PMID: 16178366 [PubMed

[viii] Cancer Lett. 2006 May 18;236(2):222-8.

Perillyl alcohol inhibits the expression and function of the androgen receptor in human prostate cancer cells.


* Chung BH,

* Lee HY,

* Lee JS,

* Young CY.


Department of Urology and the Urological Science Institute, College of Medicine, Yonsei University, Yongdong P.O. Box 1217, Seoul, Korea. chung646@yumc.yonsei.ac.kr


Perillyl alcohol is a hydroxylated monocyclic monoterpene. In animal study, monoterpene has shown to have an anti-tumor effect. The aim of this study is to evaluate whether POH plays an important role in the development and progression of prostate cancer (pCa). We treated LNCaP cells with different concentrations of perillyl alcohol (POH). First of all, we performed cell proliferation assay and prostate -specific antigen (PSA) and human glandular kallikrein (hK2) quantification assays. LNCaP cells were treated with or without POH for Western blot analysis of androgen receptor (AR) and c-Jun. Finally, we performed transient transfection assay by transfecting LNCaP cells-which were treated with or without POH-with pGL-3 luciferase vector containing PSA promoter and AR promoter. We observed inhibition of the expression and function of the AR by POH, through inhibition of androgen-induced cell growth and androgen-stimulated secretion ofprostate -specific antigen and hK2, in human pCa cell line LNCaP. In addition, we demonstrated, for the first time, that POH inhibits the transcription activities of the AR gene promoter by over-expression of c-Jun protein. These novel properties of POH strongly suggest that POH could be highly useful for intervention of pCa.


PMID: 16029925 [PubMed - indexed for MEDLINE]

[ix] Invest New Drugs. 2003 Aug;21(3):367-72.

Phase II trial of perillyl alcohol (NSC 641066) administered daily in patients with metastatic androgen independent prostate cancer.


* Liu G,

* Oettel K,

* Bailey H,

* Ummersen LV,

* Tutsch K,

* Staab MJ,

* Horvath D,

* Alberti D,

* Arzoomanian R,

* Rezazadeh H,

* McGovern J,

* Robinson E,

* DeMets D,

* Wilding G.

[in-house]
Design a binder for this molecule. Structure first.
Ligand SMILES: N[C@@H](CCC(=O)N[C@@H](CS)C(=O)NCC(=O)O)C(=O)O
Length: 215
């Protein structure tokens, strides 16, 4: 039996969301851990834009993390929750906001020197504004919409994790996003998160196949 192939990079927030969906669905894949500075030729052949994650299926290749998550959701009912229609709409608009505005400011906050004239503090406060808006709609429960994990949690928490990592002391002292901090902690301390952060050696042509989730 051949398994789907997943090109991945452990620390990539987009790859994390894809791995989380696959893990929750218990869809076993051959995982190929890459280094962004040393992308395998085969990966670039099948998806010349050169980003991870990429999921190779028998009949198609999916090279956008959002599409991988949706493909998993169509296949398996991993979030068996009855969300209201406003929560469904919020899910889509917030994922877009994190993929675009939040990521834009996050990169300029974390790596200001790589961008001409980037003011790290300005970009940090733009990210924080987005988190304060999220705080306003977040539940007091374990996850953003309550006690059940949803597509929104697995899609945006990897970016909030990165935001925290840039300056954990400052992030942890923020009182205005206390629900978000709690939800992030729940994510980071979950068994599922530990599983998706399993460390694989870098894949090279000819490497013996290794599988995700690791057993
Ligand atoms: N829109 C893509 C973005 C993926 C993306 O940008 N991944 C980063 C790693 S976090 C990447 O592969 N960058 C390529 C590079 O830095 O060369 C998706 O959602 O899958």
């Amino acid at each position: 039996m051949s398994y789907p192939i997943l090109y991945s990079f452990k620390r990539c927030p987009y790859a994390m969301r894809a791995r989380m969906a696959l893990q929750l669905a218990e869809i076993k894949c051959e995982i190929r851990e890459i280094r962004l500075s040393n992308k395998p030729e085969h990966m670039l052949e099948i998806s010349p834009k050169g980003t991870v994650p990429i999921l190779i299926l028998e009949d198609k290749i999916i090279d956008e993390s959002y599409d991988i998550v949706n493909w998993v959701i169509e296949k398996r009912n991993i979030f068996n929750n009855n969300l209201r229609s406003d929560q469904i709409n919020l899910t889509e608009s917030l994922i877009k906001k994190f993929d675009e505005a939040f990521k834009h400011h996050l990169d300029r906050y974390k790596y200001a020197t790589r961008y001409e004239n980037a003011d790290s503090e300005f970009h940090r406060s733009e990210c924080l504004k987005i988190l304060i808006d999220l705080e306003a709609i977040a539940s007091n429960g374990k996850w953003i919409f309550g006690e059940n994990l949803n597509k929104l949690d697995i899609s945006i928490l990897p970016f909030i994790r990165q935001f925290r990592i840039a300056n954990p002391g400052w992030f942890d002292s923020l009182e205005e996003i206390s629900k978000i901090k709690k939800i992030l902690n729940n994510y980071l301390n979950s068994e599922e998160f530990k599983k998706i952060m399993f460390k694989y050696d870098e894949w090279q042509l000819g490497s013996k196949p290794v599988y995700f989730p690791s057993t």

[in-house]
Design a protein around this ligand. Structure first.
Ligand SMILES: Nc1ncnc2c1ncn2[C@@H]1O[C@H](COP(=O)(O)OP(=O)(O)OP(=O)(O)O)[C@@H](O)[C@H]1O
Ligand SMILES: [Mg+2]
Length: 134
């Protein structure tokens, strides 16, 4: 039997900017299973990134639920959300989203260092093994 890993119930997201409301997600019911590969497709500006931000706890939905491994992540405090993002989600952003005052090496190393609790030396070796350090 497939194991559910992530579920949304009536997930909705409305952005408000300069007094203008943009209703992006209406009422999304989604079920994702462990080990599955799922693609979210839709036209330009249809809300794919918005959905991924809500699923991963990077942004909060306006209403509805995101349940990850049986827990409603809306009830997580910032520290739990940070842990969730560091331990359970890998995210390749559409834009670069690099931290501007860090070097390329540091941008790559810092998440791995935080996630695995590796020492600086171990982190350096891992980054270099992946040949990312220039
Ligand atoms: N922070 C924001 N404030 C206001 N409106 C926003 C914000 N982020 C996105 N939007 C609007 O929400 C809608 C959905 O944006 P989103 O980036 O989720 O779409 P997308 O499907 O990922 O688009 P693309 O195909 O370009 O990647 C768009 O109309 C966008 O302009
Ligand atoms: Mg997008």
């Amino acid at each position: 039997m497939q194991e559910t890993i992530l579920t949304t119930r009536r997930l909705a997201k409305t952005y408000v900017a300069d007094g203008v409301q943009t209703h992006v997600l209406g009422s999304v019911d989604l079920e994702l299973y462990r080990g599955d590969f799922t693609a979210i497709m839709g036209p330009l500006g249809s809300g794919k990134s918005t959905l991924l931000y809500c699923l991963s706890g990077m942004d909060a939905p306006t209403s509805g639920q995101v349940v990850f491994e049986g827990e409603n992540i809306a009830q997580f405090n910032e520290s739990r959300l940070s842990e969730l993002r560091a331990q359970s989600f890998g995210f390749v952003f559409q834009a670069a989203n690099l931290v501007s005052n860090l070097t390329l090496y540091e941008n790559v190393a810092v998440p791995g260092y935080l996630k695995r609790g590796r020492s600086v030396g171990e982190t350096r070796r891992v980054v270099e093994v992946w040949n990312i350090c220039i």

University of Wisconsin Comprehensive Cancer Center , Madison , WI 53792 , USA .


OBJECTIVE: We conducted a phase II multicenter trial of perillyl alcohol in patients with advanced hormone refractory prostate cancer (HRPC). The primary endpoint was to evaluate the 6-month progression-free survival given the potential cytostatic nature of the drug. Secondary objectives included assessing acute and chronic toxicities, as well as measuring objective response rates. METHODS: Patients with metastatic androgen-independent prostate cancer that failed at least one prior chemotherapeutic or experimental regimen were eligible. Perillyl alcohol was administered orally at 1200 mg/m2/dose four times daily and continued until disease progression or development of unacceptable toxicity. RESULTS: Fifteen patients were eligible. Six patients received less than one cycle (4 weeks) of drug, four of which stopped because of drug intolerance. Only six patients received more than two cycles of therapy and were considered evaluable for response. Main toxicity included grade 1-2 gastrointestinal intolerance (nausea/vomiting in 60% of the patients) and fatigue (47%). One patient developed a grade 4 hypokalemia that was felt likely attributable to the drug. No objective responses were seen. All patients either progressed or withdrew from the study secondary to drug intolerance before the 6-month time period. CONCLUSION: Perillyl alcohol administered at this dose and formulation did not have any objective clinical activity in this patient population.


PMID: 14578686 [PubMed - indexed for MEDLINE]

[x] Prostate. 2003 Sep 15;57(1):14-23.

Perillyl alcohol mediated radiosensitization via augmentation of the Fas pathway in prostate cancer cells.

* Rajesh D,

* Howard SP.

Department of Human Oncology, Medical School , University of Wisconsin , Madison , Wisconsin , USA .


BACKGROUND: The management of hormone-insensitive locally advanced prostate cancer is difficult and complex and there is an urgent need for the development of effective chemotherapeutic agents intended for combination with currently available treatment modalities. METHODS: The present paper demonstrates the effectiveness of the monoterpene perillyl alcohol (POH) as potent radiosensitizer on DU145 and PC3 cell lines by performing clonogenic survival assays, cycle analysis, and assays to detect viability, apoptosis, and Fas receptor/ligand by flow cytometry. RESULTS: POH pretreatment resulted in a dose dependent sensitization to kill cell by radiation. Furthermore, POH treatment induced a transient G(2)/M arrest, enhanced the expression of the membrane bound form of the Fas ligand and sensitized the cells to Fas mediated apoptosis. CONCLUSIONS: The unique manner of radiosensitization in addition to its low toxicity profile makes POH a promising new agent for preclinical evaluation as a potential radiosensitizer in the treatment of prostate cancer. Copyright 2003 Wiley-Liss, Inc.


PMID: 12886519 [PubMed - indexed for MEDLINE]